In the long run, however, fundamentals matter. And these days, price-to-earnings ratios are off the charts, corporations are buying back their own stocks by the bundle, and high-frequency trading algorithms rule the vast majority of stock trading. Any financial impact of the midterm elections could be easily reversed with a single Federal Reserve meeting.

financial impact of midterm elections

Central banks function independently of elected officials and their mandates regarding monetary policy supersede everything that the legislative, judicial, and executive branches do. Even the president can offer only rhetoric in an attempt to put pressure on a central bank to act in accordance with his will.

This begs the question: is the president of the USA really the most powerful individual in the world?

And if that question is worth asking, it’s also worthwhile to consider the true financial impact of midterm elections on immediate market realities.

Stock Sell-off Continues

Stocks resumed their slide on Monday, with the Dow cratering a whopping 602 points. All the major US indexes were down 2% or more, with the VIX jumping up by 17.8%. The S&P 500 fell 2% to 2,726. Early morning gains on Tuesday have largely been wiped out heading into mid-day trading. Note that the S&P 500 index remains below the key support trend line and below the 100-day and 200-day moving averages.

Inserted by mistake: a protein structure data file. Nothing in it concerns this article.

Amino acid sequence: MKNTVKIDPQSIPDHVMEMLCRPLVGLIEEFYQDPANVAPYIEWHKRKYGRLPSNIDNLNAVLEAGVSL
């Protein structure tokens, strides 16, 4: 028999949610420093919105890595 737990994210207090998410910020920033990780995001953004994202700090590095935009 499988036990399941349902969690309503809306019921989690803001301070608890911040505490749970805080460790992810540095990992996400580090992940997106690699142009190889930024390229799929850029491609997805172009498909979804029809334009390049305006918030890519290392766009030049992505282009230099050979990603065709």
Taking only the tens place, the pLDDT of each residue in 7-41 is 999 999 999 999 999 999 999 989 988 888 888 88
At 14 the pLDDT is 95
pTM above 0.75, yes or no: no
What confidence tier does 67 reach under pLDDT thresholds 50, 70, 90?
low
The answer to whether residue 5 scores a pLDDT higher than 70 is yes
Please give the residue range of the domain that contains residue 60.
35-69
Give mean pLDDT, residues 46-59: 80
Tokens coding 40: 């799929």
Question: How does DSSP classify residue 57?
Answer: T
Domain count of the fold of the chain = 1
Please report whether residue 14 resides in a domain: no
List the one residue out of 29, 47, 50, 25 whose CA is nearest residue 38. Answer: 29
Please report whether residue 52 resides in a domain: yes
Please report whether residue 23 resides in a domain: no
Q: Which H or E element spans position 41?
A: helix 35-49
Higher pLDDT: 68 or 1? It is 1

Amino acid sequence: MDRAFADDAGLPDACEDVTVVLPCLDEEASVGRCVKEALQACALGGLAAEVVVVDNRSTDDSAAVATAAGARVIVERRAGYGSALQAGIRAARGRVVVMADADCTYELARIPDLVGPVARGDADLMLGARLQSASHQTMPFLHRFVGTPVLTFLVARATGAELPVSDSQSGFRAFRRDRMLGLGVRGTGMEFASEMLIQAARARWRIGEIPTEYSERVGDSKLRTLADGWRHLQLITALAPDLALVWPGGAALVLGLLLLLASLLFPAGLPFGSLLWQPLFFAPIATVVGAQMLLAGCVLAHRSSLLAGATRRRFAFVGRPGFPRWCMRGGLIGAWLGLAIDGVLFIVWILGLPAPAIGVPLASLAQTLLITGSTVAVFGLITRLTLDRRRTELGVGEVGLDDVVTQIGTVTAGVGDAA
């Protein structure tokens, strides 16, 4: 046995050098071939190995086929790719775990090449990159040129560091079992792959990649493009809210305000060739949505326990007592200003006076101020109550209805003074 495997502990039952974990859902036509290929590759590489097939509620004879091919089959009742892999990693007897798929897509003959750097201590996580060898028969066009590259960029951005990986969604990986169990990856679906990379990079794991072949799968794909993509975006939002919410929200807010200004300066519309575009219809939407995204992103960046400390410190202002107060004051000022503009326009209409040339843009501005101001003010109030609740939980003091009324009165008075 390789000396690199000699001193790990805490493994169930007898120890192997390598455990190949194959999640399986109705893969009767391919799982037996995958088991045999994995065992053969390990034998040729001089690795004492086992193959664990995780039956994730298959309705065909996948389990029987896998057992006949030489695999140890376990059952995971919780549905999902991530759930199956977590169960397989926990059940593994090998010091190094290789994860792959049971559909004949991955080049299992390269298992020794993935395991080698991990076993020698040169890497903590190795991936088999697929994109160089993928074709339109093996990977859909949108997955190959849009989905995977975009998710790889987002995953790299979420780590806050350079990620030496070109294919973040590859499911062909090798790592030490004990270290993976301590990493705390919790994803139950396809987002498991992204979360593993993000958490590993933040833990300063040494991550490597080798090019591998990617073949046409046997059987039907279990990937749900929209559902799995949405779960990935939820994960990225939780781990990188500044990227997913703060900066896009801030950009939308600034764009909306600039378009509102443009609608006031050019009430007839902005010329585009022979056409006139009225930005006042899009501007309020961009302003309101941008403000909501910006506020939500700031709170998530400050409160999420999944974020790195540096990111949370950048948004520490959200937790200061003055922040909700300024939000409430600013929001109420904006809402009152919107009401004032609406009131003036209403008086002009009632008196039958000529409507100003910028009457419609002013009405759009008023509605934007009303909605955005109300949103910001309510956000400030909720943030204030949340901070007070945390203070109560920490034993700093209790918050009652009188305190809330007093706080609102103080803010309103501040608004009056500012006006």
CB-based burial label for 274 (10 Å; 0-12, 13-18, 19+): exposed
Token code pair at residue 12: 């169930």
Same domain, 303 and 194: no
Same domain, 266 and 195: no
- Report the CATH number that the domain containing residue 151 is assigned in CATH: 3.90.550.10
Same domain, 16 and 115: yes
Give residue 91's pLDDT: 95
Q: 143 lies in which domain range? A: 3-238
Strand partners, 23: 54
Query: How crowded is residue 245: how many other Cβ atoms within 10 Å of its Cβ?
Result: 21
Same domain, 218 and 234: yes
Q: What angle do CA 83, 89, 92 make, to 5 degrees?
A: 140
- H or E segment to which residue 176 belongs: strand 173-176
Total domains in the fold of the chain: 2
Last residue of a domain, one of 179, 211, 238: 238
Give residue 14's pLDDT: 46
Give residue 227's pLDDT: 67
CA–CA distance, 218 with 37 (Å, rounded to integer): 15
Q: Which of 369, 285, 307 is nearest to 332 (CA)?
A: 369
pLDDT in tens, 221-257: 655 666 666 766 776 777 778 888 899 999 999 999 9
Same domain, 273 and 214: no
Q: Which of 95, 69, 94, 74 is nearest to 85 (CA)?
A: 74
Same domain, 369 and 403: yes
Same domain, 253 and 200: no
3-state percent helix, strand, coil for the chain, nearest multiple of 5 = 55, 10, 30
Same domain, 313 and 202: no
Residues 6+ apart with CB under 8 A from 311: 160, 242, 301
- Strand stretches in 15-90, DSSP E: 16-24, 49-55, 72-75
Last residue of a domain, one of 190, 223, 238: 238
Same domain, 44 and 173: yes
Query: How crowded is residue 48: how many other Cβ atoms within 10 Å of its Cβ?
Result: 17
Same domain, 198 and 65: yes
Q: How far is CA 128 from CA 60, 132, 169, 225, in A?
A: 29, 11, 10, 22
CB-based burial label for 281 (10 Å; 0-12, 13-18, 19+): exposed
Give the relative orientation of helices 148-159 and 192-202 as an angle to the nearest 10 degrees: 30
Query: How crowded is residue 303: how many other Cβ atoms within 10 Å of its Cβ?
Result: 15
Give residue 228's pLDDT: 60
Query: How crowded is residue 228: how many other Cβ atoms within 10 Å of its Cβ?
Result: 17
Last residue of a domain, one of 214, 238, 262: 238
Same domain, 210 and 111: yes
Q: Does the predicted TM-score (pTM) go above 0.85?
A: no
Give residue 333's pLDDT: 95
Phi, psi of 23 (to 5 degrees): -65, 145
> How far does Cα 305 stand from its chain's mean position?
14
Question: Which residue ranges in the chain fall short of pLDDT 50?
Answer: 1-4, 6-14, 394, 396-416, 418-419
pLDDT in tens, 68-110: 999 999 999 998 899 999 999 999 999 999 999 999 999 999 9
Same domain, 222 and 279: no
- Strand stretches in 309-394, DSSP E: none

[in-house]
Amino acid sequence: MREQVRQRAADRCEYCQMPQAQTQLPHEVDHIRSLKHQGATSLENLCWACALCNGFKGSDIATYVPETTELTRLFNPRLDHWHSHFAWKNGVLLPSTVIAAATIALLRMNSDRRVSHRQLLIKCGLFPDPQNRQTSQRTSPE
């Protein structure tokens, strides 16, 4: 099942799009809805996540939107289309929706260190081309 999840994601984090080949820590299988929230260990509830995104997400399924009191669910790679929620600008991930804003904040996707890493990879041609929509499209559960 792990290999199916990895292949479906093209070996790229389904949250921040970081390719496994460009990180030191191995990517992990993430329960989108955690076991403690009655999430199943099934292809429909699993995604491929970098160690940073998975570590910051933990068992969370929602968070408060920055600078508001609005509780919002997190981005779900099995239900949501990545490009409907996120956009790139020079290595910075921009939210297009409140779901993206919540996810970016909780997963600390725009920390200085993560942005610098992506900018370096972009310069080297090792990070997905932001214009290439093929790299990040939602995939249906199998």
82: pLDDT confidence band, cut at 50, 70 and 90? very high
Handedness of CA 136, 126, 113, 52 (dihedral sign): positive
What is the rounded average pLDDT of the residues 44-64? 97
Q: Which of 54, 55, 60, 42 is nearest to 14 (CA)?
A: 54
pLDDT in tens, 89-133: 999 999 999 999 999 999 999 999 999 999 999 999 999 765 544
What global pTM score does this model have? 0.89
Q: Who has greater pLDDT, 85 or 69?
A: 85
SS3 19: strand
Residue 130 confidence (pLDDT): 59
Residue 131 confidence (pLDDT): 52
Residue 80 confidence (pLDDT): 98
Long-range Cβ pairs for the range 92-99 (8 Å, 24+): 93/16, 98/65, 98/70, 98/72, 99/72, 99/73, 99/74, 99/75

This selloff is being blamed on a strong dollar more than anything else. The USD index is sitting at a 17-month high. While we’ve covered how this is contributing to the devaluation of other fiat currencies abroad, it’s also a factor here at home.

“[a strong dollar] could be a challenge for the stock market in the fact that about 40 percent of the S&P 500 earnings are generated from outside the United States,” said Michael Arone, chief investment strategist at State Street Global Advisors. “As the dollar strengthens, that has certainly created risk to those earnings.”

The USD chart shows the trend reversal that occurred in early 2018 and powerful rally that has followed. The chart is bullish, but the dollar is at the top end of its trend channel with plenty of room to drop. We see support in the 94 to 95 range. A drop below this would be bearish for the dollar and a drop below the support trend line around 92 would signal a bearish reversal. But for now, the trend remains to the upside as the Federal Reserve continues raising interest rates.